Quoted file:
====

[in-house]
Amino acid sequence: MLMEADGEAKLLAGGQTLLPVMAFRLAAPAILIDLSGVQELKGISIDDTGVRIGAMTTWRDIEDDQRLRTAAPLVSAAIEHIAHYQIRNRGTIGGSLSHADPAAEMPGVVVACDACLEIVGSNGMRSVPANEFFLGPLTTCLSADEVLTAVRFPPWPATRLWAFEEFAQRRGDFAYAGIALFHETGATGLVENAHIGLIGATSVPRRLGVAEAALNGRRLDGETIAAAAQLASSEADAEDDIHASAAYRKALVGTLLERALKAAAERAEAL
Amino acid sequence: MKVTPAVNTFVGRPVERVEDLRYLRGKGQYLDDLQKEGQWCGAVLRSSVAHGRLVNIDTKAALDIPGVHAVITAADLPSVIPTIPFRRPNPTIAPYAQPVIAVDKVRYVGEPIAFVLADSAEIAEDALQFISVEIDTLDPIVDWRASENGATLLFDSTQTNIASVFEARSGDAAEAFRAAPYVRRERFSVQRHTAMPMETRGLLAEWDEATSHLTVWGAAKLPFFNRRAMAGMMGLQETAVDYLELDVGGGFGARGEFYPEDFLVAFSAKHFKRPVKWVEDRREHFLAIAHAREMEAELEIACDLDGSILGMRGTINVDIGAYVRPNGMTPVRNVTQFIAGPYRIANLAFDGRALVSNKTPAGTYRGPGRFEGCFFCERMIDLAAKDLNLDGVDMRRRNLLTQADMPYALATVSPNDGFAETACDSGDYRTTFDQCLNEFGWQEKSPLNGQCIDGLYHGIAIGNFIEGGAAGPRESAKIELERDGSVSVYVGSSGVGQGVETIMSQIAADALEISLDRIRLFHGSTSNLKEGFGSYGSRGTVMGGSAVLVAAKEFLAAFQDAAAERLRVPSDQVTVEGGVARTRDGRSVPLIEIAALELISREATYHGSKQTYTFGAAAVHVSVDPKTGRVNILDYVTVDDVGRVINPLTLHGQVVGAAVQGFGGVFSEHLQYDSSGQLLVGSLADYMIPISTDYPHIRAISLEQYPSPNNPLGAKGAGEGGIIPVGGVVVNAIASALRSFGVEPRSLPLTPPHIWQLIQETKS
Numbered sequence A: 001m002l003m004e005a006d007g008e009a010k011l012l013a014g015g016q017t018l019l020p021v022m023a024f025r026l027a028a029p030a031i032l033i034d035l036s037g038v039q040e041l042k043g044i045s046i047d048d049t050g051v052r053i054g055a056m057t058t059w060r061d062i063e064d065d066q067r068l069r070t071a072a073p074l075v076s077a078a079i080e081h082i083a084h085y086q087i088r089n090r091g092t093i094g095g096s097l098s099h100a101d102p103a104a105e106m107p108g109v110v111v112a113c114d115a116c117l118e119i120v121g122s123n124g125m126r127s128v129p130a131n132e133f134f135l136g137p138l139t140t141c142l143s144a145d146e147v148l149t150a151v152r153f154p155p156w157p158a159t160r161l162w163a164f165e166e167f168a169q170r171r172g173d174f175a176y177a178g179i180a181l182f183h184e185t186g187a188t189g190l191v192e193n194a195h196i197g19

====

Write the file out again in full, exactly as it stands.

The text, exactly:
[in-house]
Amino acid sequence: MLMEADGEAKLLAGGQTLLPVMAFRLAAPAILIDLSGVQELKGISIDDTGVRIGAMTTWRDIEDDQRLRTAAPLVSAAIEHIAHYQIRNRGTIGGSLSHADPAAEMPGVVVACDACLEIVGSNGMRSVPANEFFLGPLTTCLSADEVLTAVRFPPWPATRLWAFEEFAQRRGDFAYAGIALFHETGATGLVENAHIGLIGATSVPRRLGVAEAALNGRRLDGETIAAAAQLASSEADAEDDIHASAAYRKALVGTLLERALKAAAERAEAL
Amino acid sequence: MKVTPAVNTFVGRPVERVEDLRYLRGKGQYLDDLQKEGQWCGAVLRSSVAHGRLVNIDTKAALDIPGVHAVITAADLPSVIPTIPFRRPNPTIAPYAQPVIAVDKVRYVGEPIAFVLADSAEIAEDALQFISVEIDTLDPIVDWRASENGATLLFDSTQTNIASVFEARSGDAAEAFRAAPYVRRERFSVQRHTAMPMETRGLLAEWDEATSHLTVWGAAKLPFFNRRAMAGMMGLQETAVDYLELDVGGGFGARGEFYPEDFLVAFSAKHFKRPVKWVEDRREHFLAIAHAREMEAELEIACDLDGSILGMRGTINVDIGAYVRPNGMTPVRNVTQFIAGPYRIANLAFDGRALVSNKTPAGTYRGPGRFEGCFFCERMIDLAAKDLNLDGVDMRRRNLLTQADMPYALATVSPNDGFAETACDSGDYRTTFDQCLNEFGWQEKSPLNGQCIDGLYHGIAIGNFIEGGAAGPRESAKIELERDGSVSVYVGSSGVGQGVETIMSQIAADALEISLDRIRLFHGSTSNLKEGFGSYGSRGTVMGGSAVLVAAKEFLAAFQDAAAERLRVPSDQVTVEGGVARTRDGRSVPLIEIAALELISREATYHGSKQTYTFGAAAVHVSVDPKTGRVNILDYVTVDDVGRVINPLTLHGQVVGAAVQGFGGVFSEHLQYDSSGQLLVGSLADYMIPISTDYPHIRAISLEQYPSPNNPLGAKGAGEGGIIPVGGVVVNAIASALRSFGVEPRSLPLTPPHIWQLIQETKS
Numbered sequence A: 001m002l003m004e005a006d007g008e009a010k011l012l013a014g015g016q017t018l019l020p021v022m023a024f025r026l027a028a029p030a031i032l033i034d035l036s037g038v039q040e041l042k043g044i045s046i047d048d049t050g051v052r053i054g055a056m057t058t059w060r061d062i063e064d065d066q067r068l069r070t071a072a073p074l075v076s077a078a079i080e081h082i083a084h085y086q087i088r089n090r091g092t093i094g095g096s097l098s099h100a101d102p103a104a105e106m107p108g109v110v111v112a113c114d115a116c117l118e119i120v121g122s123n124g125m126r127s128v129p130a131n132e133f134f135l136g137p138l139t140t141c142l143s144a145d146e147v148l149t150a151v152r153f154p155p156w157p158a159t160r161l162w163a164f165e166e167f168a169q170r171r172g173d174f175a176y177a178g179i180a181l182f183h184e185t186g187a188t189g190l191v192e193n194a195h196i197g19